Reporting Tracy Kornet
There is nothing I loathe more than asking for money. To this day, I will buy all of my kids’ fundraising candy bars and endless rolls of wrapping paper to keep myself from peddling products.
So, you can only imagine how much I hate the idea of asking for a raise.
Turns out, I’m not alone. One of my duties this week was to help enhance a colleague’s story about how to ask for more money. So, I reached out to Linda Babcock, a professor at Carnegie Melon University, for the research underlying her book “Women Don’t Ask.”
Babcock explained that men are four times more likely to ask for more money, even in their very first negotiation of their very first job. That means, over the course of a career, women are leaving some $2 million on the table — simply because they don’t ask!
I know, I know. Stop it with the “What the @#$%?! $2 million dollars? What kind of job does SHE have?!”
Got it. But that is NOT the point. The point is that we women are acquiescing to stereotypes: that women simply don’t care about cash. We only care about others. We care about fulfillment, self-actualization and making this world a better place.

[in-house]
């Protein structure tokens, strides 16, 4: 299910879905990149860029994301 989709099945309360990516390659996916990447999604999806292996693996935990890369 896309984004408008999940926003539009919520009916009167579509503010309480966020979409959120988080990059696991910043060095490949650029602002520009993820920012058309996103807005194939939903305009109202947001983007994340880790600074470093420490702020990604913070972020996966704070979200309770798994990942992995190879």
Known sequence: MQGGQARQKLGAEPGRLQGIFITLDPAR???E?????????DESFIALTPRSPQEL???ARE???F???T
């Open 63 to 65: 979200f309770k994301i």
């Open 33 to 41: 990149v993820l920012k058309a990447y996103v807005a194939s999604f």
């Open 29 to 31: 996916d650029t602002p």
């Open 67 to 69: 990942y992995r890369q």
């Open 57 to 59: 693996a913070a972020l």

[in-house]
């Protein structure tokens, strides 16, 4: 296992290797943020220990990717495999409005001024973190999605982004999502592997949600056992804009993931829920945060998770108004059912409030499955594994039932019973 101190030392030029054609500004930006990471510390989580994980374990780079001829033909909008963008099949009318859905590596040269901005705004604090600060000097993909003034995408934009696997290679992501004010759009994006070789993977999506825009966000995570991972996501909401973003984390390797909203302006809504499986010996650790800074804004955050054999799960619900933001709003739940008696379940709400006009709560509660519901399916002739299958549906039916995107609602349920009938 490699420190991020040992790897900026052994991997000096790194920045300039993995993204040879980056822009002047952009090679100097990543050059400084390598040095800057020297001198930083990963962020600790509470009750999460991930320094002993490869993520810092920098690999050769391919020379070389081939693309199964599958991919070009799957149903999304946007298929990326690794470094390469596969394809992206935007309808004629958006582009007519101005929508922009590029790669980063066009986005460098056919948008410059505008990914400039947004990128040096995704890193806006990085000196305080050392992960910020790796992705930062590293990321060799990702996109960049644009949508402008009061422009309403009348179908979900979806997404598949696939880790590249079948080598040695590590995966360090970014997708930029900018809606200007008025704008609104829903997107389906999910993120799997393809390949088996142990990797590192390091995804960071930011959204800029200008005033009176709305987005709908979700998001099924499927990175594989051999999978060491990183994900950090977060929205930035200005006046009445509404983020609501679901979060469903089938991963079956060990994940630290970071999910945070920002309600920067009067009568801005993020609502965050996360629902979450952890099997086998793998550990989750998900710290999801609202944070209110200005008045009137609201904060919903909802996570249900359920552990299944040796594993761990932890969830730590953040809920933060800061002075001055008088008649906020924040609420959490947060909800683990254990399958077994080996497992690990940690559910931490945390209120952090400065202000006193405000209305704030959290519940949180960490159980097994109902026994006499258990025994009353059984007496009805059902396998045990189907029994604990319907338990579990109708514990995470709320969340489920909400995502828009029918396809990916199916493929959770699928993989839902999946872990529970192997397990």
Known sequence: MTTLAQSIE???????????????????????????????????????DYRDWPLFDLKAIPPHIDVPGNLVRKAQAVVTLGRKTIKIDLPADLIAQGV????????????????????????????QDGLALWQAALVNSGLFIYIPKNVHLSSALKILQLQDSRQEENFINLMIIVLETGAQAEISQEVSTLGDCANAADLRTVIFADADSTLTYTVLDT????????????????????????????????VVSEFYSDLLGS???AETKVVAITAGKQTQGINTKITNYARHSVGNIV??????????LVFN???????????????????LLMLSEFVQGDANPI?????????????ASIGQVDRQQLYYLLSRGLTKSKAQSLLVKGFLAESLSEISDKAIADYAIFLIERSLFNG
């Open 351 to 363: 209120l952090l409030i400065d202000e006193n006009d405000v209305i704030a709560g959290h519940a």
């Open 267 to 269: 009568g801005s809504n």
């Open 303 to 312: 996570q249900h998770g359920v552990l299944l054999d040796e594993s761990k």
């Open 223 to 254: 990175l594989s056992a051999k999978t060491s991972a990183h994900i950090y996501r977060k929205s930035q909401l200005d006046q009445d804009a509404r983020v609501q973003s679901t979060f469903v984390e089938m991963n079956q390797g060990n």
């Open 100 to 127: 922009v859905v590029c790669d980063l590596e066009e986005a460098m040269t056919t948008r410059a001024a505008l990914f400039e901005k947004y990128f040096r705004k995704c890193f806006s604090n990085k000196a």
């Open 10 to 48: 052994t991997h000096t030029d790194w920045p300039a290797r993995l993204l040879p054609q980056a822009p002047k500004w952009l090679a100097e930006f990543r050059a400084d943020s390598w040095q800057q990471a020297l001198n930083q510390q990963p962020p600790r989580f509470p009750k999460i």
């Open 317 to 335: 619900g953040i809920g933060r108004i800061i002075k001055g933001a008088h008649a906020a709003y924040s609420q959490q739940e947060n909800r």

Well, I’m here to say, yes, that’s exactly what we care about. But you know what? We care about salary, too.
If you are like me, you are the sole breadwinner of your family. You are doing whatever it takes to put your kids through college and are still going home to proof research papers, do laundry, craft homecoming mums, quiz your son on his vocab words, and get your daughter’s hair highlighted, so she can feel beautiful and go on to become the woman she is meant to be.
What I found most interesting is that Babcock’s research confirms what I have believed in my heart to be true for decades: that even in this enlightened age, we women must still maintain our warmth and softness while trying to ask for more money. We cannot come across as overly aggressive, or we will put our careers at risk.
Are these earth-shaking findings? No. Are they revealing? Yes.
Babcock recommends we ladies stop selling ourselves short. And we improve our negotiating skills through practice. She even suggests we credit the approval of our superiors, “My team leader suggested I ask for a raise!”
Wow. Complex messages in a complex world.
Ladies, please share your best advice in navigating these choppy waters. Based on the email I received after our story aired, I am deeply concerned that we women may never be paid what we deserve.
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